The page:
Despite the impact of the COVID-19 lockout, the Greyhound Board of Great Britain (GBGB) has remarked on its commitment to provide ‘the highest standards of welfare.’
The GBGB has initiated a number of measures to meet the eight pledges of the Greyhound Commitment, including the Greyhound Retirement Scheme, the release of a Code of Practice for residential kennels, and a revamp of licencing and residential kennel inspections.
The research revealed a lot of important information, including the fact that the number of greyhounds put to sleep due to excessive veterinary treatment costs has decreased significantly from 123 in 2019 to 24 in 2020.
In addition, for the second year in a row, no greyhounds were put to sleep owing to an inability to rehome them, a significant improvement over the 180 who were put to sleep in 2018.
The GBGB set a goal of reducing this number, and one of the key goals of the Greyhound Commitment was to increase rehoming activities. According to the new statistics, 95 percent of greyhounds who left the sport were successfully rehomed in 2020, up from 90 percent in 2019.
The Betting and Gaming Council (BGC) has already supported these and other projects with a £1 million pledge, and 75 percent of the GBGB’s cash goes directly to greyhound welfare.
Programme of improvements
Mark Bird, Managing Director of GBGB said: “When we began to put in place our programme of improvements for 2020, we could have no idea that the COVID-19 pandemic would be the major battle we would face that year – nor that we would still be experiencing the after effects now.
“It was a hugely challenging year for the UK and for the world, and it really has been through the hard work and fortitude of everyone within greyhound racing that we have pulled through it as an industry and driven further progress through our Greyhound Commitment.”
In addition, the track injury rate has decreased to 1.12 percent (2019: 1.21 percent), while the fatality rate has remained constant at 0.06 percent. The GBGB insists that lowering this figure will remain a priority for the entire sport in the future.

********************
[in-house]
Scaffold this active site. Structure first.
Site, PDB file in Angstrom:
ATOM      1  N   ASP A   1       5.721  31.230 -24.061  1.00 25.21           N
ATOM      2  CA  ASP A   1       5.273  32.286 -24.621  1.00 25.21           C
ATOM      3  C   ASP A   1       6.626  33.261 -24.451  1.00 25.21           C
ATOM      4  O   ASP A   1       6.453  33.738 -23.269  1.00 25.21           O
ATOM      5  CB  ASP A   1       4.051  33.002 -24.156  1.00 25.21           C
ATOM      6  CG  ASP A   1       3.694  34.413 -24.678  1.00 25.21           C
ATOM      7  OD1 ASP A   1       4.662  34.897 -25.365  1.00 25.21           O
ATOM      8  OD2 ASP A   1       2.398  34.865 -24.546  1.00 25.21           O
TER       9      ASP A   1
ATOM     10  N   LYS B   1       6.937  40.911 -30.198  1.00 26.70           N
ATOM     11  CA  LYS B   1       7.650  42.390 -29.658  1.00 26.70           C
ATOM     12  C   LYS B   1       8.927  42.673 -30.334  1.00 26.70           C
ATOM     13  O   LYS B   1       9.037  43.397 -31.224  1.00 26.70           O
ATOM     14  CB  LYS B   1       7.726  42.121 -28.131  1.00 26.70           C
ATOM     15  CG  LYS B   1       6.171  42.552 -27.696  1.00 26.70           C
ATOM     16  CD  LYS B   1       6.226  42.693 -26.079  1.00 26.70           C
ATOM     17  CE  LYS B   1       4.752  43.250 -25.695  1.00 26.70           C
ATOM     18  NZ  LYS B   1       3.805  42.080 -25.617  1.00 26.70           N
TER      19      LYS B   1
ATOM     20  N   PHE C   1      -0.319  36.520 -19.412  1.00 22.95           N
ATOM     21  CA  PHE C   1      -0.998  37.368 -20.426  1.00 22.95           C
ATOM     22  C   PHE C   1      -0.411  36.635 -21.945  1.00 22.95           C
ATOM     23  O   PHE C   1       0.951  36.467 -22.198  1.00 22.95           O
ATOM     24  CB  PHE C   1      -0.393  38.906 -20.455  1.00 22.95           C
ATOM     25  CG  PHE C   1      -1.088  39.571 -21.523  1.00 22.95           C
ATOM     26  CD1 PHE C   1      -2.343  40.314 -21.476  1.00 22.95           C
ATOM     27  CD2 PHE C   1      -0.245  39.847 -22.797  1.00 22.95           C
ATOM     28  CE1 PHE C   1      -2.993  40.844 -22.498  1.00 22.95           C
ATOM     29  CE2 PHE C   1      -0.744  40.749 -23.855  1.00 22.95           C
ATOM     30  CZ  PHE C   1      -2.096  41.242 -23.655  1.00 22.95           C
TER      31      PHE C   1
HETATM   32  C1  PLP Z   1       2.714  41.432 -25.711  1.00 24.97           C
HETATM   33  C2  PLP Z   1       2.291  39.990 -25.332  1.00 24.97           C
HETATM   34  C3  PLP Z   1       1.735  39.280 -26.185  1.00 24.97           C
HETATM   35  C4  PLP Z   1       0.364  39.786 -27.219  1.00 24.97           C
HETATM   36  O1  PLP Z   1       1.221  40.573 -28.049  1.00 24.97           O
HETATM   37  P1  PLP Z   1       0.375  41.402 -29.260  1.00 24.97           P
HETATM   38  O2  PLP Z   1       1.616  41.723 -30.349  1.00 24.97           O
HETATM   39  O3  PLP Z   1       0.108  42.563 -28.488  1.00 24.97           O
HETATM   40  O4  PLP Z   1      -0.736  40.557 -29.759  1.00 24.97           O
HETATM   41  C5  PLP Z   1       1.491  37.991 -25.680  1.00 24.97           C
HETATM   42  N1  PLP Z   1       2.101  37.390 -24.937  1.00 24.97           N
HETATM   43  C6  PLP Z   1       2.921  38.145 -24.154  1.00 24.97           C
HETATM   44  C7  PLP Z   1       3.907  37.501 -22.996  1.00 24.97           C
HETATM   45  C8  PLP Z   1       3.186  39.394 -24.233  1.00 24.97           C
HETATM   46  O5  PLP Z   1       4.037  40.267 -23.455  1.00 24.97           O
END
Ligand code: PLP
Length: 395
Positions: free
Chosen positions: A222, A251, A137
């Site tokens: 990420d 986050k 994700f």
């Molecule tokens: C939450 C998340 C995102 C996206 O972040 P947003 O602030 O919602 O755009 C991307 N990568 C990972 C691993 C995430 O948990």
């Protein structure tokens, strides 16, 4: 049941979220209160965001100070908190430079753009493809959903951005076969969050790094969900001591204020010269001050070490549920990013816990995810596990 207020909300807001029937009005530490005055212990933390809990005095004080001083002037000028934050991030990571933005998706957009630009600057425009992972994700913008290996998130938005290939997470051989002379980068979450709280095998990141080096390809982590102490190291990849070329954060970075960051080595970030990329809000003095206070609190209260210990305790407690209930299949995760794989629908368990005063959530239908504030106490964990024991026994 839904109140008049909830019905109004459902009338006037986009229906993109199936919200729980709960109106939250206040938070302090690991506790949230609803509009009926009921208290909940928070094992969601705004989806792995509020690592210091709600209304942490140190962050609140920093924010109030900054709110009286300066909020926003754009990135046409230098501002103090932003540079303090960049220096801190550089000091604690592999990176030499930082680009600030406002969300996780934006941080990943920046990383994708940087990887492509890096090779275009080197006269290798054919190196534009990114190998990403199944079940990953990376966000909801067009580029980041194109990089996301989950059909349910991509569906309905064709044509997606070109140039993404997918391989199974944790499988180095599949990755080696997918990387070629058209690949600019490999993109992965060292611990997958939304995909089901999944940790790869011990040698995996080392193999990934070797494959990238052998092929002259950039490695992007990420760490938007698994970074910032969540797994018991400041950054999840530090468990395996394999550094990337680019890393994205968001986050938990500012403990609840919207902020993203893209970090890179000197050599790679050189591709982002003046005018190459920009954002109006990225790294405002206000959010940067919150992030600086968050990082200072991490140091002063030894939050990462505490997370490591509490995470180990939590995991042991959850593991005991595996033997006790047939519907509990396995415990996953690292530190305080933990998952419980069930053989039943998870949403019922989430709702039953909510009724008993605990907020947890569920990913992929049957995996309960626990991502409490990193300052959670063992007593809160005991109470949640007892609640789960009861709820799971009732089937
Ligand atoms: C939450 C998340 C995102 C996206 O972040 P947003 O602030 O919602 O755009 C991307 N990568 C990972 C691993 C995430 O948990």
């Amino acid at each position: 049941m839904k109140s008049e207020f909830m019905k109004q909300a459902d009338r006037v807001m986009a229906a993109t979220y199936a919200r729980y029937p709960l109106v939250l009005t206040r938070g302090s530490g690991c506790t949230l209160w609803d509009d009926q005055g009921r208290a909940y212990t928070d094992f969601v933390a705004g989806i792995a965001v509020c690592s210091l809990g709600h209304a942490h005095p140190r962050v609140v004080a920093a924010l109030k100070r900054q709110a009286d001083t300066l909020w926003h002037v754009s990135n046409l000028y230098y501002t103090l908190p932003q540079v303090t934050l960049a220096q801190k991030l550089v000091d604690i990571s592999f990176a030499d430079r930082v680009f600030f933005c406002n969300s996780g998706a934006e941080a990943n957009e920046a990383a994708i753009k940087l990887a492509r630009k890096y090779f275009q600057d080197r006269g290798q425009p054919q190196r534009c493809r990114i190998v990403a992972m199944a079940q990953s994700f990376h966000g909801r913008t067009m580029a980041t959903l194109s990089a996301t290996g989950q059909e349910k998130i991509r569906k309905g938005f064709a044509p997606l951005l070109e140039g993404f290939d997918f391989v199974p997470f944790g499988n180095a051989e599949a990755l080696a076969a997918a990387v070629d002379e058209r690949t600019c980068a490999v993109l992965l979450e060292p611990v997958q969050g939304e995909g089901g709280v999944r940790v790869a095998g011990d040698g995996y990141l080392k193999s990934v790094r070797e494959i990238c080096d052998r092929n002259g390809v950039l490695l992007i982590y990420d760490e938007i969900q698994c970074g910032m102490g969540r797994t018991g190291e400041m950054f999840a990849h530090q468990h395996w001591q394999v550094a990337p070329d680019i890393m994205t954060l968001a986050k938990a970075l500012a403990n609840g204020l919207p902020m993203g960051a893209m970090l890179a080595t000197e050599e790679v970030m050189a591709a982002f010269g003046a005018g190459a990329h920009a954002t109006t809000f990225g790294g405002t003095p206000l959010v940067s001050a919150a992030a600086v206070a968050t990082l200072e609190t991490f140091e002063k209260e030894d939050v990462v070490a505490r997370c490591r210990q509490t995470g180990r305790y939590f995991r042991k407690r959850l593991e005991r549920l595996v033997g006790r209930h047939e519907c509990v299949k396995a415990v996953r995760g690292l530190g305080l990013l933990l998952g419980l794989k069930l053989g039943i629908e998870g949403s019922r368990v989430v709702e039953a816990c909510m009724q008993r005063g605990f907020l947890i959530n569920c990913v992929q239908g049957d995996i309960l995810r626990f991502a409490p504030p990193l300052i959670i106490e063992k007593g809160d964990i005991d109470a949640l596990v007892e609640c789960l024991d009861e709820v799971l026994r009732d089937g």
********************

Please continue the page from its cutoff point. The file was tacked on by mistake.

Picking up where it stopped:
The COVID-19 outbreak and subsequent lockdowns, according to Bird, were likely to have a “detrimental impact” on the sport and its capacity to maintain its welfare efforts, when it was forced to close indefinitely in March and then returned in June but without spectators.
‘Raise welfare and integrity standards’
The numbers, on the other hand, show that the GBGB was able to meet its objectives. The organisation has also recently pledged to amending its Rules of Racing in order to “raise welfare and integrity standards.”
“With the March 2020 lockdown in particular, we saw the detrimental impact that the loss of greyhound racing – albeit temporarily – had on livelihoods across our sport,” Bird continued. “And the consequences of that on our greyhounds could have been tragic.
“But with the emergency financial support we were able to introduce and the efforts of owners, trainers, vets, stadia and our own Stipendiary Stewards, we were able to prevent the very difficult scenarios which we may have otherwise faced.
“The success of these measures is borne out in the figures released today and I would like to thank everyone across our sport who acted to maintain the highest standards of care and attention for our greyhounds throughout.”
A thriving sport
The data was also discussed by Jeremy Cooper, Chairman of the GBGB: “Whilst the impact of COVID will continue to be felt for some time, everyone can be proud that British greyhound racing continues to be a thriving sport with world-class welfare standards,” he said.
“The data being published today demonstrates the success of the Greyhound Commitment and many of the initiatives contained within it. To have achieved such a sharp fall in the number of greyhounds put to sleep on economic grounds is highly commendable and reflects the determination of everyone within the sport to ensure every greyhound enjoys a long and healthy retirement.
“Looking ahead, we remain steadfast in our commitment to further reducing the track fatality rate and we look forward to working across the sport to achieve this.”